Intolerance can be a virtue

The Bible is in some ways a very intolerant book. 

The Apostle Paul didn’t pull any punches when it came to the truth about Jesus and the uniqueness of the gospel.  In the light of our very pluralistic society and the new, trendy “I am spiritual” attitude, we might consider his words in Galatians 1:7-9 exceptionally intolerant:


Evidently some people are throwing you into confusion and are trying to pervert the gospel of Christ.  But even if we or an angel from heaven should preach a gospel other than the one we preached to you, let him be eternally condemned!


Yet by being intolerant of other “gospels”, Paul here is being decidedly loving. Sometimes you have to be intolerant to be loving.


Shark attack

Imagine a friend from a land-locked European country and comes to visit you for the summer holidays.  This friend considers himself quite progressive and liberal.  One of the things he doesn’t believe in is sharks.  For him, who has never seen a shark, sharks are the product of an over-worked imagination and legend.  Sharks should not be taken literally, is his motto.  (He even argues that “Sharks” were isimply nvented by the early scuba-divers to exercise control over potential divers and make money from safety videos.)  Its extremely hot so you both decide to go swimming at Fish Hoek beach.  While swimming the shark siren rings.  Would it be unloving and intolerant for you to say, “You are wrong!  I’m right!” and then drag your friend to the sand?  Yes, it would be very intolerant of his views, but at the same time very loving.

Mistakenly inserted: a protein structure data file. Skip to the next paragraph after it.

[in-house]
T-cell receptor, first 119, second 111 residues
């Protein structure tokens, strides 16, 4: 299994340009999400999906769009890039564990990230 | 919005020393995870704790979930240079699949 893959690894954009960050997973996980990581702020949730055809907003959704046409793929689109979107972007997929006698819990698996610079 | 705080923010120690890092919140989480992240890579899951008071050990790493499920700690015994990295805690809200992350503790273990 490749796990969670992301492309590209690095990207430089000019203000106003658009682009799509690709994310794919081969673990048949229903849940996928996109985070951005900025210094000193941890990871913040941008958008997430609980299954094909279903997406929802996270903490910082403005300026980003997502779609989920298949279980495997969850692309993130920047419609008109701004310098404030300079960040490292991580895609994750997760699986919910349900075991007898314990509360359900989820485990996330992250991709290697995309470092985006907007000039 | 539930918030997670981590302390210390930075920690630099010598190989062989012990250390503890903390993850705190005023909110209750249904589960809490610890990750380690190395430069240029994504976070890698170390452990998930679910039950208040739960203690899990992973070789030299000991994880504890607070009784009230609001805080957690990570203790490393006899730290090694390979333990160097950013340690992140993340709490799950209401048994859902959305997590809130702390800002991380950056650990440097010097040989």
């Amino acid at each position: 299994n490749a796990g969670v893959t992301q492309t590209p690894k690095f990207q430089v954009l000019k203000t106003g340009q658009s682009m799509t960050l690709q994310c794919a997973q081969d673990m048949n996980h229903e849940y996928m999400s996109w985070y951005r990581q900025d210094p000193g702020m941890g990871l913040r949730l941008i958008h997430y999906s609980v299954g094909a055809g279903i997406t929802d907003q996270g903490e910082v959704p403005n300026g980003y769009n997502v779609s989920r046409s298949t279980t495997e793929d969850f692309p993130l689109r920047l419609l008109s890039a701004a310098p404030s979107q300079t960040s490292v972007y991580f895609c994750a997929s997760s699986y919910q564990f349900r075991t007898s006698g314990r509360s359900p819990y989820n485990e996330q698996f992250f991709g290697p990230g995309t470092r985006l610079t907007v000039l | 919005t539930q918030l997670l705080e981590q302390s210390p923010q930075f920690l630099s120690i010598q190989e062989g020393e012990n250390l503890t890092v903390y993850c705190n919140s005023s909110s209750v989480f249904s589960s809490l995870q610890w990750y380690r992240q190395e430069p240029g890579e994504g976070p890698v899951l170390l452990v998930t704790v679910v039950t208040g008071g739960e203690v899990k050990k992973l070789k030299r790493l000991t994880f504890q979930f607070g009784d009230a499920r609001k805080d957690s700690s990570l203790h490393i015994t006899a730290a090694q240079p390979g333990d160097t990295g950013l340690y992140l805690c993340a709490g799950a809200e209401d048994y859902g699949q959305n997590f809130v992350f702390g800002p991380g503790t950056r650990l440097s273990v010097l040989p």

The biblical authors knew the gospel of Jesus to be true and therefore, out of love, pointed out the error of other “gospels” and “spiritualities”.  Knowing truth  and pointing out error is enormously loving.


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